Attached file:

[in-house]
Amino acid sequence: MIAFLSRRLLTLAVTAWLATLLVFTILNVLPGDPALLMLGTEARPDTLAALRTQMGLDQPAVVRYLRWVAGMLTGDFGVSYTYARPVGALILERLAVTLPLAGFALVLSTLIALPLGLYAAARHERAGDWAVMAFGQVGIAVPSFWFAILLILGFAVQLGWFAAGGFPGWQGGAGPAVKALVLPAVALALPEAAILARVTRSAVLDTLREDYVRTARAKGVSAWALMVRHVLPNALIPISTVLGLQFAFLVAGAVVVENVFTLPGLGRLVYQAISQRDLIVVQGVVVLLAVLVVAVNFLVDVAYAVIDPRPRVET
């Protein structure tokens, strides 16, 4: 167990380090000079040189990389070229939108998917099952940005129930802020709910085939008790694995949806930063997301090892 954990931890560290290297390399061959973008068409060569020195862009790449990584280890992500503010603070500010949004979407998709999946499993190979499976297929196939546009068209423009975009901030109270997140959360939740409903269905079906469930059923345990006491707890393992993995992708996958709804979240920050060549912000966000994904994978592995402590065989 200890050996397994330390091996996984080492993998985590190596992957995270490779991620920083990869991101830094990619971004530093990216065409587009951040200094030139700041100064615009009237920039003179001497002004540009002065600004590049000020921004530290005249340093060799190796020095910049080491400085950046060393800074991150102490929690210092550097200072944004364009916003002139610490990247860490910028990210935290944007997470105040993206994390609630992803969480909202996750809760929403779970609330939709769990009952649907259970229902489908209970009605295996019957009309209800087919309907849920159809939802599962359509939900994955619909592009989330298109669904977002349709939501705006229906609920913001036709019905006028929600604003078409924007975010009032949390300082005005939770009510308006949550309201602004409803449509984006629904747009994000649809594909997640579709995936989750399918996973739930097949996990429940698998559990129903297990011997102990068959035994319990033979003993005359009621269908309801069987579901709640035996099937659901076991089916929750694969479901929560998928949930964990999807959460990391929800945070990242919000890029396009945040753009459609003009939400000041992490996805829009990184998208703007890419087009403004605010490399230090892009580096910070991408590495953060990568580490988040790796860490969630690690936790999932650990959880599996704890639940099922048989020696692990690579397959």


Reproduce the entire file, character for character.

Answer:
[in-house]
Amino acid sequence: MIAFLSRRLLTLAVTAWLATLLVFTILNVLPGDPALLMLGTEARPDTLAALRTQMGLDQPAVVRYLRWVAGMLTGDFGVSYTYARPVGALILERLAVTLPLAGFALVLSTLIALPLGLYAAARHERAGDWAVMAFGQVGIAVPSFWFAILLILGFAVQLGWFAAGGFPGWQGGAGPAVKALVLPAVALALPEAAILARVTRSAVLDTLREDYVRTARAKGVSAWALMVRHVLPNALIPISTVLGLQFAFLVAGAVVVENVFTLPGLGRLVYQAISQRDLIVVQGVVVLLAVLVVAVNFLVDVAYAVIDPRPRVET
């Protein structure tokens, strides 16, 4: 167990380090000079040189990389070229939108998917099952940005129930802020709910085939008790694995949806930063997301090892 954990931890560290290297390399061959973008068409060569020195862009790449990584280890992500503010603070500010949004979407998709999946499993190979499976297929196939546009068209423009975009901030109270997140959360939740409903269905079906469930059923345990006491707890393992993995992708996958709804979240920050060549912000966000994904994978592995402590065989 200890050996397994330390091996996984080492993998985590190596992957995270490779991620920083990869991101830094990619971004530093990216065409587009951040200094030139700041100064615009009237920039003179001497002004540009002065600004590049000020921004530290005249340093060799190796020095910049080491400085950046060393800074991150102490929690210092550097200072944004364009916003002139610490990247860490910028990210935290944007997470105040993206994390609630992803969480909202996750809760929403779970609330939709769990009952649907259970229902489908209970009605295996019957009309209800087919309907849920159809939802599962359509939900994955619909592009989330298109669904977002349709939501705006229906609920913001036709019905006028929600604003078409924007975010009032949390300082005005939770009510308006949550309201602004409803449509984006629904747009994000649809594909997640579709995936989750399918996973739930097949996990429940698998559990129903297990011997102990068959035994319990033979003993005359009621269908309801069987579901709640035996099937659901076991089916929750694969479901929560998928949930964990999807959460990391929800945070990242919000890029396009945040753009459609003009939400000041992490996805829009990184998208703007890419087009403004605010490399230090892009580096910070991408590495953060990568580490988040790796860490969630690690936790999932650990959880599996704890639940099922048989020696692990690579397959």